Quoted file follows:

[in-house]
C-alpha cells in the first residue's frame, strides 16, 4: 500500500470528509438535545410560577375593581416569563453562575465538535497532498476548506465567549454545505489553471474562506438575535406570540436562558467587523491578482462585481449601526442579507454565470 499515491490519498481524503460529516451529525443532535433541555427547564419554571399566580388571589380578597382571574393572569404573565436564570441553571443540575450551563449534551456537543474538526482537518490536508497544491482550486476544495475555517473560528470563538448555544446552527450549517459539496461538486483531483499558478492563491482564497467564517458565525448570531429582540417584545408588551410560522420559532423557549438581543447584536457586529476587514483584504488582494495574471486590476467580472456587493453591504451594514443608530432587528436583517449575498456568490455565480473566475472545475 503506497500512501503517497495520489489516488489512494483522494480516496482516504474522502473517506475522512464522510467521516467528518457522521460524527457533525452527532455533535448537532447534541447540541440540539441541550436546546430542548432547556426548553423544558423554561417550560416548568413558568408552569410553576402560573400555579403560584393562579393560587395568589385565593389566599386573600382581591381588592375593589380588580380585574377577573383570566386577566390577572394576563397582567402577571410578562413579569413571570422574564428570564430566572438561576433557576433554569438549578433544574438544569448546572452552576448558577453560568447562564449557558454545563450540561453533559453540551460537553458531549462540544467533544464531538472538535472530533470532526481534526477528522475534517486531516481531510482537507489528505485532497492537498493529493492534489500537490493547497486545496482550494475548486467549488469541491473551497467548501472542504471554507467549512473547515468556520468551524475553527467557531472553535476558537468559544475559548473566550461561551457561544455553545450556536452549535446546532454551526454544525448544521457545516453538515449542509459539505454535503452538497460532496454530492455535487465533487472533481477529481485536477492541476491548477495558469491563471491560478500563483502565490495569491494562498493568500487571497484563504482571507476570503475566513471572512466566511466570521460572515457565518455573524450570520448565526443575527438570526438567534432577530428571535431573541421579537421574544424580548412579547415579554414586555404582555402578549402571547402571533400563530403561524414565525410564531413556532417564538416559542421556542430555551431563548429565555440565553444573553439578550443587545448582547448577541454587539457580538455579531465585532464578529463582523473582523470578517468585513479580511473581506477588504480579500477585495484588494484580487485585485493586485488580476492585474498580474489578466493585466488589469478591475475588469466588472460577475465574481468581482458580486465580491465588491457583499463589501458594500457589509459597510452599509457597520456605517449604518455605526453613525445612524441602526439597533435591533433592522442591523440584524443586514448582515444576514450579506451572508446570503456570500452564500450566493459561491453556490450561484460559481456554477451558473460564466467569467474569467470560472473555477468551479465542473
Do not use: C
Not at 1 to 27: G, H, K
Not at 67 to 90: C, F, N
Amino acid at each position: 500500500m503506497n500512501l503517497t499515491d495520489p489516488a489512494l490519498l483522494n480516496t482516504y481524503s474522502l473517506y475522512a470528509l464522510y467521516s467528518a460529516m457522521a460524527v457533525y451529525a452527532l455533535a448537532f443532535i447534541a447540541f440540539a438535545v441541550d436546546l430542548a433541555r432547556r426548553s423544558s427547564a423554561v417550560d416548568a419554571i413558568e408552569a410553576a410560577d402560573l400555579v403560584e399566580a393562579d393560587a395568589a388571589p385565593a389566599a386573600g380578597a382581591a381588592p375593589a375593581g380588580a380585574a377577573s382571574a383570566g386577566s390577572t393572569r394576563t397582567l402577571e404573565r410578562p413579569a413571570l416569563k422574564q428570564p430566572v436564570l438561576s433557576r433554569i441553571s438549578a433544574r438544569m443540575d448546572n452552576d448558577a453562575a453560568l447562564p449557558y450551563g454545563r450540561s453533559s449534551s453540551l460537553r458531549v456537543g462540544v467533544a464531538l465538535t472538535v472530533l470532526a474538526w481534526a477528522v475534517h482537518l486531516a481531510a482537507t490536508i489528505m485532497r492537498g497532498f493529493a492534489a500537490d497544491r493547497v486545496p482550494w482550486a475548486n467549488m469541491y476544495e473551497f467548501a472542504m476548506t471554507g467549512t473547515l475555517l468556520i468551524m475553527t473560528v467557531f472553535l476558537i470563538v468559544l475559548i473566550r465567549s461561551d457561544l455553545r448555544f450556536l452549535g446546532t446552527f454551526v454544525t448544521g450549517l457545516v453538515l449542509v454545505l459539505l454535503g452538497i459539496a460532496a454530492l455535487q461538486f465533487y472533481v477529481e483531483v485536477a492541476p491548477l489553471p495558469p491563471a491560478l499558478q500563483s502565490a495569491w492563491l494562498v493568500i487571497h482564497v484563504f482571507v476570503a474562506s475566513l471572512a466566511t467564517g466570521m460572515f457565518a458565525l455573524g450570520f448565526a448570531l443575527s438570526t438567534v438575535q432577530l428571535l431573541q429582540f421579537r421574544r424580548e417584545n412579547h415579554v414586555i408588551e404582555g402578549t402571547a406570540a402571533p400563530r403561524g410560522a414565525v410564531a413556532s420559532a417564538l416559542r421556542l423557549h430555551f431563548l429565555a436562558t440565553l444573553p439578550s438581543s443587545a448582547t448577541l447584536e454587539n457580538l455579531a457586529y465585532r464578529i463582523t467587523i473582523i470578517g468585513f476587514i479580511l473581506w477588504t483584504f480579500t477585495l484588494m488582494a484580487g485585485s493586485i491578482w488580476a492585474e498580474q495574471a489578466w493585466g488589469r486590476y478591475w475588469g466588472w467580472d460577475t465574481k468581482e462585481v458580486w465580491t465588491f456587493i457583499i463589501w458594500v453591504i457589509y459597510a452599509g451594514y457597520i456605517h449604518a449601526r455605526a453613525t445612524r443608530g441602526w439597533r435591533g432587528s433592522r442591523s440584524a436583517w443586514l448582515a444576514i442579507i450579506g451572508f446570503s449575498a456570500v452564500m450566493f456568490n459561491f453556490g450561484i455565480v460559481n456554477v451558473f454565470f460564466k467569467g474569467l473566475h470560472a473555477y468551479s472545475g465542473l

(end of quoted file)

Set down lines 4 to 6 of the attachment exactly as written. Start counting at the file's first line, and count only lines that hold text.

Not at 1 to 27: G, H, K
Not at 67 to 90: C, F, N
Amino acid at each position: 500500500m503506497n500512501l503517497t499515491d495520489p489516488a489512494l490519498l483522494n480516496t482516504y481524503s474522502l473517506y475522512a470528509l464522510y467521516s467528518a460529516m457522521a460524527v457533525y451529525a452527532l455533535a448537532f443532535i447534541a447540541f440540539a438535545v441541550d436546546l430542548a433541555r432547556r426548553s423544558s427547564a423554561v417550560d416548568a419554571i413558568e408552569a410553576a410560577d402560573l400555579v403560584e399566580a393562579d393560587a395568589a388571589p385565593a389566599a386573600g380578597a382581591a381588592p375593589a375593581g380588580a380585574a377577573s382571574a383570566g386577566s390577572t393572569r394576563t397582567l402577571e404573565r410578562p413579569a413571570l416569563k422574564q428570564p430566572v436564570l438561576s433557576r433554569i441553571s438549578a433544574r438544569m443540575d448546572n452552576d448558577a453562575a453560568l447562564p449557558y450551563g454545563r450540561s453533559s449534551s453540551l460537553r458531549v456537543g462540544v467533544a464531538l465538535t472538535v472530533l470532526a474538526w481534526a477528522v475534517h482537518l486531516a481531510a482537507t490536508i489528505m485532497r492537498g497532498f493529493a492534489a500537490d497544491r493547497v486545496p482550494w482550486a475548486n467549488m469541491y476544495e473551497f467548501a472542504m476548506t471554507g467549512t473547515l475555517l468556520i468551524m475553527t473560528v467557531f472553535l476558537i470563538v468559544l475559548i473566550r465567549s461561551d457561544l455553545r448555544f450556536l452549535g446546532t446552527f454551526v454544525t448544521g450549517l457545516v453538515l449542509v454545505l459539505l454535503g452538497i459539496a460532496a454530492l455535487q461538486f465533487y472533481v477529481e483531483v485536477a492541476p491548477l489553471p495558469p491563471a491560478l499558478q500563483s502565490a495569491w492563491l494562498v493568500i487571497h482564497v484563504f482571507v476570503a474562506s475566513l471572512a466566511t467564517g466570521m460572515f457565518a458565525l455573524g450570520f448565526a448570531l443575527s438570526t438567534v438575535q432577530l428571535l431573541q429582540f421579537r421574544r424580548e417584545n412579547h415579554v414586555i408588551e404582555g402578549t402571547a406570540a402571533p400563530r403561524g410560522a414565525v410564531a413556532s420559532a417564538l416559542r421556542l423557549h430555551f431563548l429565555a436562558t440565553l444573553p439578550s438581543s443587545a448582547t448577541l447584536e454587539n457580538l455579531a457586529y465585532r464578529i463582523t467587523i473582523i470578517g468585513f476587514i479580511l473581506w477588504t483584504f480579500t477585495l484588494m488582494a484580487g485585485s493586485i491578482w488580476a492585474e498580474q495574471a489578466w493585466g488589469r486590476y478591475w475588469g466588472w467580472d460577475t465574481k468581482e462585481v458580486w465580491t465588491f456587493i457583499i463589501w458594500v453591504i457589509y459597510a452599509g451594514y457597520i456605517h449604518a449601526r455605526a453613525t445612524r443608530g441602526w439597533r435591533g432587528s433592522r442591523s440584524a436583517w443586514l448582515a444576514i442579507i450579506g451572508f446570503s449575498a456570500v452564500m450566493f456568490n459561491f453556490g450561484i455565480v460559481n456554477v451558473f454565470f460564466k467569467g474569467l473566475h470560472a473555477y468551479s472545475g465542473l